Within its area of occurrence, C. lamprophylla grows with or near a range of other bloodwood species with rough bark and discolorous leaves. In the north of its distribution it may be confused with C. abergiana, which differs most noticeably in the buds, which are brown-scurfy, and the sessile fruit, which are wider than in C. lamprophylla. Also in the north C. ligans differs by the scurfy buds and more barrel-shaped fruit of similar size to those of C. lamprophylla; likewise C. clarksoniana also has scurfy buds, similar urn-shaped fruit about the same size as those of C. lamprophylla but has broader juvenile leaves; and C. serendipita, which has thin rough red-brown bark, smooth buds but smaller fruit, < 1cm wide compared with C. lamprophylla. In the absence of buds C. lamprophylla should still be distinguishable because of its extremely glossy adult and narrow glossy juvenile leaves.

Species with more southerly distribution in the general inland area where C. lamprophylla grows are: C. plena, which differs by the scurfy plump buds, slightly larger and thicker-walled fruit and dull adult leaves; C. hendersonii, which has smooth buds but differs in the usually wider and definitely thicker-walled stout fruit with larger orifice; C. brachycarpa, which has smooth buds and similar sized urn-shaped fruit usually with a pronounced neck and adult leaves never as glossy as those of C. lamprophylla; and C. clandestina, a very restricted species west of Clermont, which differs in the much smaller urn-shaped fruit. Another species, C. terminalis, has concolorous leaves (or almost so) and differs from C. lamprophylla in the scurfy buds and smaller, broader dull juvenile leaves.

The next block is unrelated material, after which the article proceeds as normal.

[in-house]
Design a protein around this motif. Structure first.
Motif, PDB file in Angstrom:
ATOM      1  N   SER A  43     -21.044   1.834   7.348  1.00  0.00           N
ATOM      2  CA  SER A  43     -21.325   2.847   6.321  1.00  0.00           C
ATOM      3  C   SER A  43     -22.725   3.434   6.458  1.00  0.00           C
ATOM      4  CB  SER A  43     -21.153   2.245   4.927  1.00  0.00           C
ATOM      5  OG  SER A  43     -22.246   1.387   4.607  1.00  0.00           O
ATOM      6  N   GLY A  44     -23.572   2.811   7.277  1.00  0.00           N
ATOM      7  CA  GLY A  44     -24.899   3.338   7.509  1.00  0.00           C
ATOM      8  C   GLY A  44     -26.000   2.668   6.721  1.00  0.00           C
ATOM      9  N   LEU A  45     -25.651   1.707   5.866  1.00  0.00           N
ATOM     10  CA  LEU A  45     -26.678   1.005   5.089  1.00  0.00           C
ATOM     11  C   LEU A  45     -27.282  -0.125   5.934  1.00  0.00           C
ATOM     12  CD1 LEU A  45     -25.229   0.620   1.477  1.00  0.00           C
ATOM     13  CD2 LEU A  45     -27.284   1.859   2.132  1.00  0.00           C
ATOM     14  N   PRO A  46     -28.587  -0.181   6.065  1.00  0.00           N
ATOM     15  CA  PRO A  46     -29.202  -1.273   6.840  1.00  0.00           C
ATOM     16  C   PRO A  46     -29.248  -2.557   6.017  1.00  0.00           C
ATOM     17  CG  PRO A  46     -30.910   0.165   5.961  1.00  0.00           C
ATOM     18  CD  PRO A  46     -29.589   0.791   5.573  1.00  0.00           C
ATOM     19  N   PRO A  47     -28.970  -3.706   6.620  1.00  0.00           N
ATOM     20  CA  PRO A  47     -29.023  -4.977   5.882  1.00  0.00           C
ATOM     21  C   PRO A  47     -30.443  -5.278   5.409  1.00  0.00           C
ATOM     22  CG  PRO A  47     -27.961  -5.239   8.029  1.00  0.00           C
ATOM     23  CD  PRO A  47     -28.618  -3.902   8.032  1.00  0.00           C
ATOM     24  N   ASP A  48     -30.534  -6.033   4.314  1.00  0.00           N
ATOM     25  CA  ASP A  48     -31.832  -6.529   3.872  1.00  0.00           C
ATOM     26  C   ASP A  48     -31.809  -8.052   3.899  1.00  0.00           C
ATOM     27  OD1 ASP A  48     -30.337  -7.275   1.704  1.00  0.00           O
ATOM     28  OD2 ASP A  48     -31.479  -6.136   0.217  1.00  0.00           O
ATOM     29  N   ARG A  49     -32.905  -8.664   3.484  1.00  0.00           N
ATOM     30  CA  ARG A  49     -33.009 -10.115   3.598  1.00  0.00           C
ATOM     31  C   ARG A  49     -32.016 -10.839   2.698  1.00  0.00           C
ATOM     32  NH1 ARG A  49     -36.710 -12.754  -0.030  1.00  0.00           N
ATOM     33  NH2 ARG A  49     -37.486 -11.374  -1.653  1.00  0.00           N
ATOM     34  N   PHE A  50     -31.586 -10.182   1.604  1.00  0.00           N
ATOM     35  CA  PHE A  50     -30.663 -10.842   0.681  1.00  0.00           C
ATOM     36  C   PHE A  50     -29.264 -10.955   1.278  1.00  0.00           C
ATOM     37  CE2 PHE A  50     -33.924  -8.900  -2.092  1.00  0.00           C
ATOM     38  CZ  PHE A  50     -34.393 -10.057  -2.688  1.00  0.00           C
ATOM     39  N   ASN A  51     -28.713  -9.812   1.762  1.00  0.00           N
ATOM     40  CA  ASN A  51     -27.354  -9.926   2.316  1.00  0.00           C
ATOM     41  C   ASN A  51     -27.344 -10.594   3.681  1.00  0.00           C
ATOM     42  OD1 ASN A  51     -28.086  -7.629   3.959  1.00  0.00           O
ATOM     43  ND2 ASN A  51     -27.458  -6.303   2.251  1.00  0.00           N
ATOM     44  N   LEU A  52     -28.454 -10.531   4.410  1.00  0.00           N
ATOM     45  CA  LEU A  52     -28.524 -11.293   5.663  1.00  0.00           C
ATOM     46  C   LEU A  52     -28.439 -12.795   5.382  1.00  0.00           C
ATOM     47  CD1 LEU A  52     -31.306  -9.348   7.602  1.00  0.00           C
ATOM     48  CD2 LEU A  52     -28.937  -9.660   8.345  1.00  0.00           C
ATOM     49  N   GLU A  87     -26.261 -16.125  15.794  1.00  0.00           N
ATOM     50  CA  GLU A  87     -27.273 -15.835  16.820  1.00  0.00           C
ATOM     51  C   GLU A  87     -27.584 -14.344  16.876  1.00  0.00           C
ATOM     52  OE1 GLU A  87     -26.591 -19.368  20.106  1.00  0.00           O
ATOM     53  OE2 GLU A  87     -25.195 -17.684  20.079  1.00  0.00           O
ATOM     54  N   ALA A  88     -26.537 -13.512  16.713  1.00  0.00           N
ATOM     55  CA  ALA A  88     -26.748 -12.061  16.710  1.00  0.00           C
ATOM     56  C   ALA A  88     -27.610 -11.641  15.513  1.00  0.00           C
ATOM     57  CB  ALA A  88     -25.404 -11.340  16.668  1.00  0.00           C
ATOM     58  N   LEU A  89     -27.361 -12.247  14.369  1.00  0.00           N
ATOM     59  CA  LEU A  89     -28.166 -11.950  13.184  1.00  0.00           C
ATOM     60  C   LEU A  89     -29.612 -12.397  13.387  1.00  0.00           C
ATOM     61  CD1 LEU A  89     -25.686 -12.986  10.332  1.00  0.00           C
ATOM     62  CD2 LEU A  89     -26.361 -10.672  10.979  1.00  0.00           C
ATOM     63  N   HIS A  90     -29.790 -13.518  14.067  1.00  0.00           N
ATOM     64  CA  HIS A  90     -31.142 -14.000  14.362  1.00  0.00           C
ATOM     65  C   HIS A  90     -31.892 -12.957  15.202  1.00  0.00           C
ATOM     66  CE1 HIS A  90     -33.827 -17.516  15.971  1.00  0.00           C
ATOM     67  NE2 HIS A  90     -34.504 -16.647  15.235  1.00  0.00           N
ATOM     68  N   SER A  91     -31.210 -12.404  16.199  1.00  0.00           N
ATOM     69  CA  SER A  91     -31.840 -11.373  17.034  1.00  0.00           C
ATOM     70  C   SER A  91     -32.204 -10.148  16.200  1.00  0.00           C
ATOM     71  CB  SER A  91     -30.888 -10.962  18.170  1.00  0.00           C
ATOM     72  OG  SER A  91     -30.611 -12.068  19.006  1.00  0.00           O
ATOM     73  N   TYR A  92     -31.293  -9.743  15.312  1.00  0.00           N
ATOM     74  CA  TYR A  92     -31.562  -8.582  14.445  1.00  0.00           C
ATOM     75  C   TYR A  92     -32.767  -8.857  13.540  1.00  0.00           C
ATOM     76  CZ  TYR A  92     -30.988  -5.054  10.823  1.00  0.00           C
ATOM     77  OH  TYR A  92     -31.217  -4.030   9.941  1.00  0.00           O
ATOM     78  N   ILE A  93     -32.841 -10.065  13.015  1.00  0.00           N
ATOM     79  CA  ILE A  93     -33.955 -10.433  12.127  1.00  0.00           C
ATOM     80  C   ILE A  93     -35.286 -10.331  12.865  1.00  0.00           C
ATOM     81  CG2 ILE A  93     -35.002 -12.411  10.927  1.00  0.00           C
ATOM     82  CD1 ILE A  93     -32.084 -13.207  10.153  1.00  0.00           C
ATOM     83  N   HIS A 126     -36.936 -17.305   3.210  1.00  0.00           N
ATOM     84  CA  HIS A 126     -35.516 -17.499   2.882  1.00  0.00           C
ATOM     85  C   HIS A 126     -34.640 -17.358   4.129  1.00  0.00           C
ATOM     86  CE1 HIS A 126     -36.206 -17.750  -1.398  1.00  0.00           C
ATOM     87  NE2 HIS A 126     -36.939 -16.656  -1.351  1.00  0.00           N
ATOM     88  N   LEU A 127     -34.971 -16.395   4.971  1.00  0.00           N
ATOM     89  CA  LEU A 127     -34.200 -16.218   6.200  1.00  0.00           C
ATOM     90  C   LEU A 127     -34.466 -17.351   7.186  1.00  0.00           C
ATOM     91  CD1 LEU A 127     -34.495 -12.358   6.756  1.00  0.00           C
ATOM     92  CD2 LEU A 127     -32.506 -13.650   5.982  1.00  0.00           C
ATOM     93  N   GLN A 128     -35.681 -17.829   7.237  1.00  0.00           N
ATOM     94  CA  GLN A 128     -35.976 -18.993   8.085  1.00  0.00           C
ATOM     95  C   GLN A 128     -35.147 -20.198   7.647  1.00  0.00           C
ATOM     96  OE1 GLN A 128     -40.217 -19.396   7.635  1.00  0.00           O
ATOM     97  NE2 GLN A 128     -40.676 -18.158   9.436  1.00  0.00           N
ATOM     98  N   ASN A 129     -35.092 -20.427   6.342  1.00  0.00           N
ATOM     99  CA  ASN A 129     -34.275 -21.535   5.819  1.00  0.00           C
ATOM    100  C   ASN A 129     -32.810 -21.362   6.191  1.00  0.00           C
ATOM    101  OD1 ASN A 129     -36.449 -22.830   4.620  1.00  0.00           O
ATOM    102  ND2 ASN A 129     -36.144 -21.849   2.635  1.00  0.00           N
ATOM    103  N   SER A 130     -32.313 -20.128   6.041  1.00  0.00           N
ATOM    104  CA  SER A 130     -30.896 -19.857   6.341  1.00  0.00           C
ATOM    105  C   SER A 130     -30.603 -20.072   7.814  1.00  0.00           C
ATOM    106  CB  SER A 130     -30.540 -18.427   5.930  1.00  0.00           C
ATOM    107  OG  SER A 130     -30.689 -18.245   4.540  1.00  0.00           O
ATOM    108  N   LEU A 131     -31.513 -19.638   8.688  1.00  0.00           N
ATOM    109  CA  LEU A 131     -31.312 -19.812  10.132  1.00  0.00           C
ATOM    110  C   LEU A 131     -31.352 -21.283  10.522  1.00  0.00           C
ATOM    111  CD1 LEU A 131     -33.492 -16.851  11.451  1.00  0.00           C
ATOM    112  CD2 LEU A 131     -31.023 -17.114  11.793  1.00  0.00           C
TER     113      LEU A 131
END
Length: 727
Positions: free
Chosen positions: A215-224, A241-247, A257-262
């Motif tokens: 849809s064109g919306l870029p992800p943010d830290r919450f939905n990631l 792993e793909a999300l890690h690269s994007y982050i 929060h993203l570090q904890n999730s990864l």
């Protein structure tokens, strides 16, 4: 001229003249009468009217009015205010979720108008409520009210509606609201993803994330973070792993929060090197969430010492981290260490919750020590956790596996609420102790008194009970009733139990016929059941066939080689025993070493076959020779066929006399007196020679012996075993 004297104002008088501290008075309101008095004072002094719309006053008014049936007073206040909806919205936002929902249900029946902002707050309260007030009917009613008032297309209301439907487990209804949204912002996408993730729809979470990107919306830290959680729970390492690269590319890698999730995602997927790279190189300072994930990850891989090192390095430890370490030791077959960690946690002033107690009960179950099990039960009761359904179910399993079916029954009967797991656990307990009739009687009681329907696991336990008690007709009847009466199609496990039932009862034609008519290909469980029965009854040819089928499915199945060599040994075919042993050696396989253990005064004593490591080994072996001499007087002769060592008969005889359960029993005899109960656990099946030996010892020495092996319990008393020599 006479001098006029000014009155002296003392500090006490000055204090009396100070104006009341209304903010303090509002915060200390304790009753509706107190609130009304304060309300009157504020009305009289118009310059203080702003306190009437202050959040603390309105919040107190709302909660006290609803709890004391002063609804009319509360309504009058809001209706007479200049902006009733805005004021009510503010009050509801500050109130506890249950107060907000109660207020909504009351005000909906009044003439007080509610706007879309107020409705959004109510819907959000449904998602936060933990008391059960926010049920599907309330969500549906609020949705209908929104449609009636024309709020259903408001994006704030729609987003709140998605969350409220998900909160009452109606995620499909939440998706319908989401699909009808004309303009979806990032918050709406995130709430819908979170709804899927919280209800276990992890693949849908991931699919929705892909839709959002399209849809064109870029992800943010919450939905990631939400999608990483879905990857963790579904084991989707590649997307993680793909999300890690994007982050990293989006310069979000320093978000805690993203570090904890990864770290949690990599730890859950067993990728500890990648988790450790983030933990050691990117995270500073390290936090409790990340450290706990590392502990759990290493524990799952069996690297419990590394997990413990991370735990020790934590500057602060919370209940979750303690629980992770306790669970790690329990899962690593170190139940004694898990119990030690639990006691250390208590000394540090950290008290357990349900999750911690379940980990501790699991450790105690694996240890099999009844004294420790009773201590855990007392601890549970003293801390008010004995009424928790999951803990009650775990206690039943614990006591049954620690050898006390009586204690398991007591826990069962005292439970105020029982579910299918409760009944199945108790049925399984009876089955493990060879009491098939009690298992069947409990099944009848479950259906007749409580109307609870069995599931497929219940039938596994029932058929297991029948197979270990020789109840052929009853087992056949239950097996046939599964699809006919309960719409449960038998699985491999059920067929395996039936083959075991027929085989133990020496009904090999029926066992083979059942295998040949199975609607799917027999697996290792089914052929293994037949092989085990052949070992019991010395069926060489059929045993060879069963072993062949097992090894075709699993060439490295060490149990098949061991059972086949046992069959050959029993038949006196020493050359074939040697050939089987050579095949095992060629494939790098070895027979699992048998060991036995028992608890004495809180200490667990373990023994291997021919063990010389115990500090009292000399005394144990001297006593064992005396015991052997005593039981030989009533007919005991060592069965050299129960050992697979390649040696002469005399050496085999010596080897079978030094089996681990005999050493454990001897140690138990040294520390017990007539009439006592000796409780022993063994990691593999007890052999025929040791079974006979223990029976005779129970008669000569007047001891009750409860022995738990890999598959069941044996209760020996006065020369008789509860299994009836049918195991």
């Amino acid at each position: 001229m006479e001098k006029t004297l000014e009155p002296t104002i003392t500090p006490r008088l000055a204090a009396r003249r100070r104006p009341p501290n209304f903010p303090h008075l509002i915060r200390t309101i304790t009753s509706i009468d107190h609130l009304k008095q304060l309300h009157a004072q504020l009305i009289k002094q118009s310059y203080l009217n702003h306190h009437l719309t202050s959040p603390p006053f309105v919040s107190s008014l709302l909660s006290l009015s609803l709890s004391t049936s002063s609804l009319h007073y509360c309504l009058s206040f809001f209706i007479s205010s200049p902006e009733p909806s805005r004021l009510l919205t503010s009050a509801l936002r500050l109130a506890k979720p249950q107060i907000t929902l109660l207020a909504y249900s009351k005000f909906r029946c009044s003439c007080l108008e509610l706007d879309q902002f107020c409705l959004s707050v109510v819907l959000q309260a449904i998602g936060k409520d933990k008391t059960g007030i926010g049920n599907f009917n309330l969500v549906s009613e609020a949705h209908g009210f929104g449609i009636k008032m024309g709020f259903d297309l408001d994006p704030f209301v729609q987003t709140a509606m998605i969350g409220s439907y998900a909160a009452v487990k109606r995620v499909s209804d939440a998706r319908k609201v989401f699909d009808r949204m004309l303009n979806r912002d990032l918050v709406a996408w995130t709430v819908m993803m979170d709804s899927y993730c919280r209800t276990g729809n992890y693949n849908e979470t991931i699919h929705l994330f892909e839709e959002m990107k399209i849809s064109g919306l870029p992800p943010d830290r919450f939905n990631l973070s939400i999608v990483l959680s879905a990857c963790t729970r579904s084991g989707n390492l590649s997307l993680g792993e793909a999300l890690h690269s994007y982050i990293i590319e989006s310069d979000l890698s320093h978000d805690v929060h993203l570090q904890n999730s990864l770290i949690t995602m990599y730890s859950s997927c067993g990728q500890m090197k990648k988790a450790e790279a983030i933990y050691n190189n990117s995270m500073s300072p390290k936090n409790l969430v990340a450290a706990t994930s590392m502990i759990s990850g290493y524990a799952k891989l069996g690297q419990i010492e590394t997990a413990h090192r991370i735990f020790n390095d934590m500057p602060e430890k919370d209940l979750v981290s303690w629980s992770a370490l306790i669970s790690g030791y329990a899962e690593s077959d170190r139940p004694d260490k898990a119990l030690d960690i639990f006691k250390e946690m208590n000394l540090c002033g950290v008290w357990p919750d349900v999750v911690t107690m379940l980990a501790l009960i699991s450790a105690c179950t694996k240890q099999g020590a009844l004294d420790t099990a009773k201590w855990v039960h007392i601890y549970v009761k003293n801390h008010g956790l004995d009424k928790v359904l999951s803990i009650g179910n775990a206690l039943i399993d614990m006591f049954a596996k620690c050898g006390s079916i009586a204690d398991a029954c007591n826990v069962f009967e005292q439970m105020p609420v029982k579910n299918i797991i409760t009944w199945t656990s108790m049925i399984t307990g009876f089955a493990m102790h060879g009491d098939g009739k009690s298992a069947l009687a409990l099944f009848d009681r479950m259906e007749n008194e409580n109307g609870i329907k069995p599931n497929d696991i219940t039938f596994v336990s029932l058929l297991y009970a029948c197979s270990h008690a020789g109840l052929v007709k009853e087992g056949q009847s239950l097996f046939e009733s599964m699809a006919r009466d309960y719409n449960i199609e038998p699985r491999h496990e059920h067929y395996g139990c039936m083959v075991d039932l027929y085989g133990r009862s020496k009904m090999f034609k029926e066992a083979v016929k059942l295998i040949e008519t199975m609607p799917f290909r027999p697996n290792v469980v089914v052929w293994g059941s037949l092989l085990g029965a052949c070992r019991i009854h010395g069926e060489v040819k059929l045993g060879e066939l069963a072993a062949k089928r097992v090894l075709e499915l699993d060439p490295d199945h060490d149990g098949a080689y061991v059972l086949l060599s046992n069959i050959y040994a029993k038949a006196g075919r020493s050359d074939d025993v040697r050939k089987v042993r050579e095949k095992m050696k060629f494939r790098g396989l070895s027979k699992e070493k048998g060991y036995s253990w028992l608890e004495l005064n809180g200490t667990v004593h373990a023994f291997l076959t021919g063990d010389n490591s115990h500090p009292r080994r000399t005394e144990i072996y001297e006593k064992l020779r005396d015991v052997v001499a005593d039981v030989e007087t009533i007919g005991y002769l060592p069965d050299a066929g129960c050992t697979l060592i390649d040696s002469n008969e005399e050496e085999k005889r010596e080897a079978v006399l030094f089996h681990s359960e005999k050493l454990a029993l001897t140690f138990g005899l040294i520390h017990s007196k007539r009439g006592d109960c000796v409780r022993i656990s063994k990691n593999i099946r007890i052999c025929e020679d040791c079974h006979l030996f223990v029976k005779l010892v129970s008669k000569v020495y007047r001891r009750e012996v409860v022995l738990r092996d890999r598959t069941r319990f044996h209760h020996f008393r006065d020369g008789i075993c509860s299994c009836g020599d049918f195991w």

The widespread brown bloodwood, C. trachyphloia, differs from C. lamprophylla in the smaller fruits (< 0.9 cm wide) and wingless seeds.

C. lamprophylla was described in 1987, and prior to that, specimens were considered to be an inland form of C. intermedia, a widespread species of wetter coastal mountains and plains. C. intermedia has broader seedling leaves, less glossy adult leaves, and longer pedicels than C. lamprophylla.


Origin of Name

Corymbia lamprophylla: Greek lampro, shining and phyllon leaf, referring to the glossy crown leaves.